Archive for November 21st, 2005

Alito-10 for 12 Before SCOTUS

Not surprisingly, the Times is reporting the fact that as an attorney who argued twelve cases before the Supreme Court of the United States, Samuel A. Alito was victorious ten times. In two of the cases he was "pinch hitting."

Judge Samuel A. Alito Jr., President Bush’s nominee for the court, argued 12 cases there, losing 2. He was fully prepared for 11 of them. In his most important and hardest argument, though, he was pinch-hitting on two days’ notice.

The reviews of that argument, in 1984, were nonetheless excellent. "Disputes over the First Amendment are so important, and so often botched, that it’s always a relief to hear one argued well," Jim Mann wrote in The American Lawyer. "Alito handled himself particularly well under questioning from the court."

Judge Alito, then a relatively junior government lawyer, was filling in for Paul M. Bator, a deputy solicitor general who was a renowned constitutional scholar and a masterly oral advocate, after a death in Mr. Bator’s family.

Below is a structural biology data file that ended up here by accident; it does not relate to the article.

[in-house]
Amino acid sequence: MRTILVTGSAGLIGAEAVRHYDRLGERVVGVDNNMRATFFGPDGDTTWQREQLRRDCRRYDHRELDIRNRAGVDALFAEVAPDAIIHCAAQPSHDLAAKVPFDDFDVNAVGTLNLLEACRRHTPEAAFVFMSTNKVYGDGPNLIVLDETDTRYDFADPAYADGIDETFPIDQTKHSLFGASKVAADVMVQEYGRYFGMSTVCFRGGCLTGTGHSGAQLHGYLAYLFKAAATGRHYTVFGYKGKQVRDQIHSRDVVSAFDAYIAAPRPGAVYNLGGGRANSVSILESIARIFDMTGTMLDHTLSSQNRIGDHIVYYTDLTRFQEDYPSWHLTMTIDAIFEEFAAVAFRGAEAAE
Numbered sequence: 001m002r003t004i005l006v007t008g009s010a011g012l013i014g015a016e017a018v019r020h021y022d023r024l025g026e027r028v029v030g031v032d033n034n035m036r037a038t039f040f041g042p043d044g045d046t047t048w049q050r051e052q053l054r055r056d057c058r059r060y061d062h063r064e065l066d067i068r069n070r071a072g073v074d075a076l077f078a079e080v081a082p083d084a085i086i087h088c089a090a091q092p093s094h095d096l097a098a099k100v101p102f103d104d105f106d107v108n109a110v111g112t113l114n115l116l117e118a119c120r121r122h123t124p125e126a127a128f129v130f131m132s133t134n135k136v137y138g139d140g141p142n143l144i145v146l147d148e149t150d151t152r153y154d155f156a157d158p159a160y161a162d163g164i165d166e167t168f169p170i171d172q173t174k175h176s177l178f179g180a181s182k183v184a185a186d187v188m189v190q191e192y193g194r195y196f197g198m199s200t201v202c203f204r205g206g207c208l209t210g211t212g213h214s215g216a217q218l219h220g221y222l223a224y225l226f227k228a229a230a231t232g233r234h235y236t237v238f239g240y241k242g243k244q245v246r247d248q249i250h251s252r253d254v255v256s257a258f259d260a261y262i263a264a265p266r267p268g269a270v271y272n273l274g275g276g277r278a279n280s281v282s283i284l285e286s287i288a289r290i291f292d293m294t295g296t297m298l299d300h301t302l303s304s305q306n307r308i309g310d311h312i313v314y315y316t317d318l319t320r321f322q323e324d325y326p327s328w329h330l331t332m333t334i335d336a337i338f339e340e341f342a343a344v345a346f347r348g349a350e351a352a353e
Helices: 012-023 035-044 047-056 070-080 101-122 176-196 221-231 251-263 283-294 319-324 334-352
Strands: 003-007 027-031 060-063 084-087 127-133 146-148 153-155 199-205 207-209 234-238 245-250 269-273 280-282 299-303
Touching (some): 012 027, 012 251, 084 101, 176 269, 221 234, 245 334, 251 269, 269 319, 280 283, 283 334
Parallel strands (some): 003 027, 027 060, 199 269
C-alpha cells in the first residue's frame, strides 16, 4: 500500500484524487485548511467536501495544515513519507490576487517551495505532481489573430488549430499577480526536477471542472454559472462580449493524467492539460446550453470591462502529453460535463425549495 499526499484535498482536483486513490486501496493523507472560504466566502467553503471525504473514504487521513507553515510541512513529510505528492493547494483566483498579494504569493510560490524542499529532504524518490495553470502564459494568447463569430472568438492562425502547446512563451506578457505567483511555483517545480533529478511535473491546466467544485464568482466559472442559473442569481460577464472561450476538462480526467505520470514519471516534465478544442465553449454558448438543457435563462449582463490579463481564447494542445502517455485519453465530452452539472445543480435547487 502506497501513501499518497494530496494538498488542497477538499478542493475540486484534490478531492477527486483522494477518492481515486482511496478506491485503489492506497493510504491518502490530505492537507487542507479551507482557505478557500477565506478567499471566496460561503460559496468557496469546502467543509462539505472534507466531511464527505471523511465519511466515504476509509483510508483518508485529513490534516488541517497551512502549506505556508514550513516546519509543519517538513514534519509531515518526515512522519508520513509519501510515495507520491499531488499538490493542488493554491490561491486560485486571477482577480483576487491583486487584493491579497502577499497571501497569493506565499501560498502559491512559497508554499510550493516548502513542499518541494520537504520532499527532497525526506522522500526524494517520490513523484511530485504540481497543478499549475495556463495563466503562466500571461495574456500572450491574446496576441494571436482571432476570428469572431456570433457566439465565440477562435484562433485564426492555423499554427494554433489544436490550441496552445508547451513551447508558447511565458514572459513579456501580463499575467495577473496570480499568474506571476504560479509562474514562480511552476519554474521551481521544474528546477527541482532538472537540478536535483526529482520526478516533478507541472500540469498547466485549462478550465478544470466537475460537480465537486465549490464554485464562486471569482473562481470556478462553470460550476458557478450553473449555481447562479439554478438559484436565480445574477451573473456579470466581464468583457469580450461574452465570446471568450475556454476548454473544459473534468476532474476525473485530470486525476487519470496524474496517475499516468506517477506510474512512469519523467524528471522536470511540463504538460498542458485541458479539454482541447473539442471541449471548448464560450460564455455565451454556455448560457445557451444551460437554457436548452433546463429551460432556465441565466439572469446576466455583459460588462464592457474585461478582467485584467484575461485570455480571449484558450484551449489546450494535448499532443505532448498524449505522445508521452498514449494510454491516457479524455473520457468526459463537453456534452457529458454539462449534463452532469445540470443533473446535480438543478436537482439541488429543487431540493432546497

"This guy Sam Alito, who I’d never heard of, stepped in just before the argument," said the lawyer on the other side, Fredric D. Woocher. "He did a wonderful job, even though he lost."

The reason I say that it is not surprising is that the Times does post "fig leaf" stories while they butcher the issue on the opinion page and in other stories. Can you imagine the meltdown if they ever dug up Alito saying something like this?

“You think the Republican National Committee could get this many people of color in a single room? Only if they had the hotel staff in here.”

I didn’t think so.


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